Hence the title, Black Christmas. It’s an obvious play on the iconic yuletide song that dreams of a white Christmas and the peaceful, cleansing purity brought by snow. “Black Christmas” infers the opposite. Instead of serenity and joy, there is disorder and terror. The sacred is tainted with the vulgar and profane: Christmas celebrations are regularly disrupted by threatening phone calls; Santa Claus curses in front of the children; Jess is pregnant (never insignificant in a Christmas film) but wants to have an abortion. The most unsettling thing about Black Christmas isn’t the grisliness of the kills, but their juxtaposition against the holiness of the season. Black Christmas is quite interesting when imagined in conversation with Jung: “In all chaos there is a cosmos, in all disorder a secret order.” That quote condenses the Christian reason for celebration in the Advent season quite nicely — Christmas celebrates the incarnation of Order itself into a world enslaved to chaos, proclaiming the divine providence that works over all even if it does so beyond our understanding. Christmas reveals that when the curtain is pulled back, all the things we wished could make sense actually do. It affirms a cosmos that rules over chaos and subdues it.
Black Christmas shows what it would look like for the opposite to be true. Its mantra is that “In all cosmos there is chaos, in all order a secret disorder.” Instead of a savior who descends from above to abolish the reign of death, a deranged maniac descends from the attic to distribute it. In place of the perfect union between the Father and Son, the unknown caller’s guttural rants hint at a childhood of abuse (among other things, he repeatedly groans about “little baby bunting” and “daddy gone a-hunting”). At a time when the world should seem especially bright, a heavy darkness shrouds it.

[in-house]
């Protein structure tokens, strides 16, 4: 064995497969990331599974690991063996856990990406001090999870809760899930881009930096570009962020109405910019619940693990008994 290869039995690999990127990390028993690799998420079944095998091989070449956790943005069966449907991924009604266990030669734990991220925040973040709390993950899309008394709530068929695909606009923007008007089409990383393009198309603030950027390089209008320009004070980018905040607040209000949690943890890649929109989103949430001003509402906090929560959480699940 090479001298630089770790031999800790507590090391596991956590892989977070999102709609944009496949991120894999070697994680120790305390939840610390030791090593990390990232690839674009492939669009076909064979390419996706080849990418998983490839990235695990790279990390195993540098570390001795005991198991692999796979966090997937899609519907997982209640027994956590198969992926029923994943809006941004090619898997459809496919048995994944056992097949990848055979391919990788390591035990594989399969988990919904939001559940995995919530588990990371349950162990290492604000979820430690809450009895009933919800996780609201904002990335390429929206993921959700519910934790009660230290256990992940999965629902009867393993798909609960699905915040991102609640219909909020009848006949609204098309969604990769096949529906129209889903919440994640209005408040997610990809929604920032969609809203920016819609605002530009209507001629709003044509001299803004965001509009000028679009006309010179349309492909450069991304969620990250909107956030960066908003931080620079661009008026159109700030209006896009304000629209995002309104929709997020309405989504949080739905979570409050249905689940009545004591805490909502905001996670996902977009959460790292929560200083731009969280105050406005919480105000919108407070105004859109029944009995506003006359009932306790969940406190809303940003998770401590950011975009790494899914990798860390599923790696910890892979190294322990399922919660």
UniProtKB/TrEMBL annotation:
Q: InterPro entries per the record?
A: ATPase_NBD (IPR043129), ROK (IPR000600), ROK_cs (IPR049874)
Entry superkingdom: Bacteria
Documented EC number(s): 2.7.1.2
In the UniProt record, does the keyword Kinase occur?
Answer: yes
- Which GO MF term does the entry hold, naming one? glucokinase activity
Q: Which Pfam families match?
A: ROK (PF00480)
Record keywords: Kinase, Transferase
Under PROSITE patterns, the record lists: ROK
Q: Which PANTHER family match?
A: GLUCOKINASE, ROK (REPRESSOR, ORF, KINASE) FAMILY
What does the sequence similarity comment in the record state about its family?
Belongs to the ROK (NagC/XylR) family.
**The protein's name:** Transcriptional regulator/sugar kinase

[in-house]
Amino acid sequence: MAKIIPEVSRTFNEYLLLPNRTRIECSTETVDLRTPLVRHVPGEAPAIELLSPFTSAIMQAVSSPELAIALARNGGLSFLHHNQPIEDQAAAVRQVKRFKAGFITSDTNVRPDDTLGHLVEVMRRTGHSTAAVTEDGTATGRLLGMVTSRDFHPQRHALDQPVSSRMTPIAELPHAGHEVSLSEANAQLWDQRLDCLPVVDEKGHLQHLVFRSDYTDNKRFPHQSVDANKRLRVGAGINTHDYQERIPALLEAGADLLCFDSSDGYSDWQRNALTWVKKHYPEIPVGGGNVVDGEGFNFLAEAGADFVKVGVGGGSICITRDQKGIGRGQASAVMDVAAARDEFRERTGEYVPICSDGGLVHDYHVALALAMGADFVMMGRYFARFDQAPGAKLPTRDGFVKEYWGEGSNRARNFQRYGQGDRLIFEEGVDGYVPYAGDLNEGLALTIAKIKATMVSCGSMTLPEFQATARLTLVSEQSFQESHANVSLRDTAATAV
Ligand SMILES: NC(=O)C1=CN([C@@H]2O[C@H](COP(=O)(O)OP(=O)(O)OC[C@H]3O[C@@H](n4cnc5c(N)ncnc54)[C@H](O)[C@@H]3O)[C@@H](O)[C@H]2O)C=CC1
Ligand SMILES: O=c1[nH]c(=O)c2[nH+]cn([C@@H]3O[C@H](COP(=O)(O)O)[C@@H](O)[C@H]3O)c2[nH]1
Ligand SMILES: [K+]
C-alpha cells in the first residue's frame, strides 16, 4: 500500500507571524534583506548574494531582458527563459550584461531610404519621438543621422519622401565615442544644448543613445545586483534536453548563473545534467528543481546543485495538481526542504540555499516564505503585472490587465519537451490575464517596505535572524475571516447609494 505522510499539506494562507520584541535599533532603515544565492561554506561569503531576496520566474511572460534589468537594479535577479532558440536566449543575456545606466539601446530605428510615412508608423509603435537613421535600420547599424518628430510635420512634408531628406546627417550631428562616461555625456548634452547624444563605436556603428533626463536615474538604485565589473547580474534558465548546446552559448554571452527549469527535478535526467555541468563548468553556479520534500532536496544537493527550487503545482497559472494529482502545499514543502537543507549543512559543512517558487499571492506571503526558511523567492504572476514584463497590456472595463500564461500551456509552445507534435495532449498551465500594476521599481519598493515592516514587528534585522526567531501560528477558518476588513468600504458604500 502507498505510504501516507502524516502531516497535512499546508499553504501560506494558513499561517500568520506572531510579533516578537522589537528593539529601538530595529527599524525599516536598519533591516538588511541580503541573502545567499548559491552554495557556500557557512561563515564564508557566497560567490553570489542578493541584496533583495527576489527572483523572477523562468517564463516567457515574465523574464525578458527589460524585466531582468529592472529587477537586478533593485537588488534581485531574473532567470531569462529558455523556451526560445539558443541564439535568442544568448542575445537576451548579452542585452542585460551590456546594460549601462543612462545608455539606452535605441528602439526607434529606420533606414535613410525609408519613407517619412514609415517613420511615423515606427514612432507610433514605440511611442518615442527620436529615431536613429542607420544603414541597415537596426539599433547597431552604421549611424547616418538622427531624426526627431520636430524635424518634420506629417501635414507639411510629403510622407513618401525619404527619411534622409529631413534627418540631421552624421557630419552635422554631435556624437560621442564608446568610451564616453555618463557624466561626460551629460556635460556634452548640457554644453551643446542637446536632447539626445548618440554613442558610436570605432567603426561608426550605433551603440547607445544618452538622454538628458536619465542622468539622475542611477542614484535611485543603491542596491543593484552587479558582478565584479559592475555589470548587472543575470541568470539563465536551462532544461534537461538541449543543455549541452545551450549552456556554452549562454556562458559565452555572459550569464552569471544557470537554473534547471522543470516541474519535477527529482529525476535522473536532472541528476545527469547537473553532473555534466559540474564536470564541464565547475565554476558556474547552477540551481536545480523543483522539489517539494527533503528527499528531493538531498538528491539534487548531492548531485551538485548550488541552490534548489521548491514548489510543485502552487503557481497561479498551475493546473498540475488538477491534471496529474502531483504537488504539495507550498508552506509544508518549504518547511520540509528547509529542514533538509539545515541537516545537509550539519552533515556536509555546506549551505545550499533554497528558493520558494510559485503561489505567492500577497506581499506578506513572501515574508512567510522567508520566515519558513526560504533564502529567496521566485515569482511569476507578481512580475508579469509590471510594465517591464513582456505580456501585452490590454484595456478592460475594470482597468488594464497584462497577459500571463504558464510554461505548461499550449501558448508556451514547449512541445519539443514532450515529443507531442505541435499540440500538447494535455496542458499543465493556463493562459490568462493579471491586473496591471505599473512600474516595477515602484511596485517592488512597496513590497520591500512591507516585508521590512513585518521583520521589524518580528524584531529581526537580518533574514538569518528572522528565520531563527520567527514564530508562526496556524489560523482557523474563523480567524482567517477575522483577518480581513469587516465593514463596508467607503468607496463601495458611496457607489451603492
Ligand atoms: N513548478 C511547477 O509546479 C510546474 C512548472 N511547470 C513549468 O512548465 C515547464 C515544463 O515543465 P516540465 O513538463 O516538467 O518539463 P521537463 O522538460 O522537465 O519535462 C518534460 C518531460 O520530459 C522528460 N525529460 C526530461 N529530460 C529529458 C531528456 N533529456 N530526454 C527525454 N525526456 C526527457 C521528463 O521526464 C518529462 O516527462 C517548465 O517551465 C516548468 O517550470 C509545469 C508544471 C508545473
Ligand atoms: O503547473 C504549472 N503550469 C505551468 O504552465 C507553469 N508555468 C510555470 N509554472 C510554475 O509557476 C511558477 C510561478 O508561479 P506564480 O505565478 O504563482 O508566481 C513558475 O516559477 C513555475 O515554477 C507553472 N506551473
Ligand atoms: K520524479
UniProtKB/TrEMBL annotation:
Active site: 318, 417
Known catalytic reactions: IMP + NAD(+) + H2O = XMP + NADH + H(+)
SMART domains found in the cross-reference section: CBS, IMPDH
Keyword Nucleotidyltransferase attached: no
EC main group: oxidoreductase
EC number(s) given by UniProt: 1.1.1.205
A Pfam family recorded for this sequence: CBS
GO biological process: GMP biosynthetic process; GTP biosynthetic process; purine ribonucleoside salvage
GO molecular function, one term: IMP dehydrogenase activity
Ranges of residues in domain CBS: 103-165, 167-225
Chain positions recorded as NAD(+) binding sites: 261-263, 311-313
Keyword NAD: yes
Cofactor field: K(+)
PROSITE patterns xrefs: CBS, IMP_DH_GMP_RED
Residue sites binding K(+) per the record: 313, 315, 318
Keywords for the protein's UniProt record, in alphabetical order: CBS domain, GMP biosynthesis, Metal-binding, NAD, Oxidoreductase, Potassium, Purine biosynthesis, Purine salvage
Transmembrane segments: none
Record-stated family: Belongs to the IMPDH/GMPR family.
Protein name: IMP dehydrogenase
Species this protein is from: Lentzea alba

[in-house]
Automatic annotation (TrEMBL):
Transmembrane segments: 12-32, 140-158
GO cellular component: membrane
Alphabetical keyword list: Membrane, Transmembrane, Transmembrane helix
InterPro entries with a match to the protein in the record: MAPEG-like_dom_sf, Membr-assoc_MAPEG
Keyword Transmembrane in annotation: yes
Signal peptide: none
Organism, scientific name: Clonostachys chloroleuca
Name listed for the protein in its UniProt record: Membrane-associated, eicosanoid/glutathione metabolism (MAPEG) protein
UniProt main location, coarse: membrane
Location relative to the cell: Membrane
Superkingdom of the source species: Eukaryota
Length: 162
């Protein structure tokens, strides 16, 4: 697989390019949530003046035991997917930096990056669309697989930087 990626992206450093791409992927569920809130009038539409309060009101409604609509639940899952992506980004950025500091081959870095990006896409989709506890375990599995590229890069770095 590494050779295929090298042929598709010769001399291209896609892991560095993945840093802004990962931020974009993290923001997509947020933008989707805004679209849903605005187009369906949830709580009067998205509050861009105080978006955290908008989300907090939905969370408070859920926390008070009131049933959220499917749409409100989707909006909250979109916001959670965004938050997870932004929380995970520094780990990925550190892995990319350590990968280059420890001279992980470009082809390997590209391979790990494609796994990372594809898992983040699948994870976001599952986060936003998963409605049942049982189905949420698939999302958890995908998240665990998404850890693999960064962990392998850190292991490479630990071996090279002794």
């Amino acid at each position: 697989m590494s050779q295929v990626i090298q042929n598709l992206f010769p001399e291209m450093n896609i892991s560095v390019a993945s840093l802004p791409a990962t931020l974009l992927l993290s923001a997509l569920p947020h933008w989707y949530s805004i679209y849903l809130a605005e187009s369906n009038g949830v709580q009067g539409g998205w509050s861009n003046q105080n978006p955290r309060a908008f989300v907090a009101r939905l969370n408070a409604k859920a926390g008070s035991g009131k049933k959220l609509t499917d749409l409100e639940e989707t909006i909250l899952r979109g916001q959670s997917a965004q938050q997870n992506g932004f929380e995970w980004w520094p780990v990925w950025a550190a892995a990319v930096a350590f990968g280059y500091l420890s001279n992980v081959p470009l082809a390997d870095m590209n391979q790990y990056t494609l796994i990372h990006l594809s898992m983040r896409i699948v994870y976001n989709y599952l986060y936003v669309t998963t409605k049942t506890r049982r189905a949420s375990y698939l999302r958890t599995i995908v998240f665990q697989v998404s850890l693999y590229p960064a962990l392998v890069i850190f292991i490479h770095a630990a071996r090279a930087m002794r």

The film’s intense nihilism persists even to the closing moments. In the last act, Jess is in the house alone with the killer. She descends to the basement, there encounters her boyfriend Peter, and acts in self-defensive violence. The police rush the house, and Jess, exhausted by the trauma of it all, is put to rest in bed. It seems that at last, all is calm. The killer has exacted a terrible price, but at last he is known and defeated. Just as order has been reestablished, however, the camera moves away from Jess as she sleeps to pan around the house, retracing its steps throughout the film to show the sites of earlier murders. In some of them, the blood has yet to be cleaned. Unease begins to build, and you aren’t sure why. Finally, the camera begins a terribly slow tilt upward until it settles on the attic trap door, which moves ever so slightly. We cut outside and see a policeman on the front stoop, who still thinks the killer is dead and that Jess is alone in the house, and the credits roll. It wasn’t Peter, and we’ll never know who it was.
It’s here that the comparison to Christie drops dead. Her novels operate under an invariable rule of moral satisfaction and tidy resolution; no matter how lurid and bewildering the mystery may seem, it all makes sense in the end. Where it fails as a whodunnit, Black Christmas comes into its own as a horror masterpiece, for good horror understands that the greatest terror of all comes from a lack of understanding. Its resolution upends easy explanations to instead reveal a world of impenetrable and unforgiving chaos. It is, in short, a masterful demonstration of the anti-Christmas story. Watch it not to celebrate its verity, but to celebrate its falsity, and I wouldn’t be surprised if the hopeful beauty of Children of Men or the blazing virtue of It’s a Wonderful Life didn’t ring a just little truer afterwards.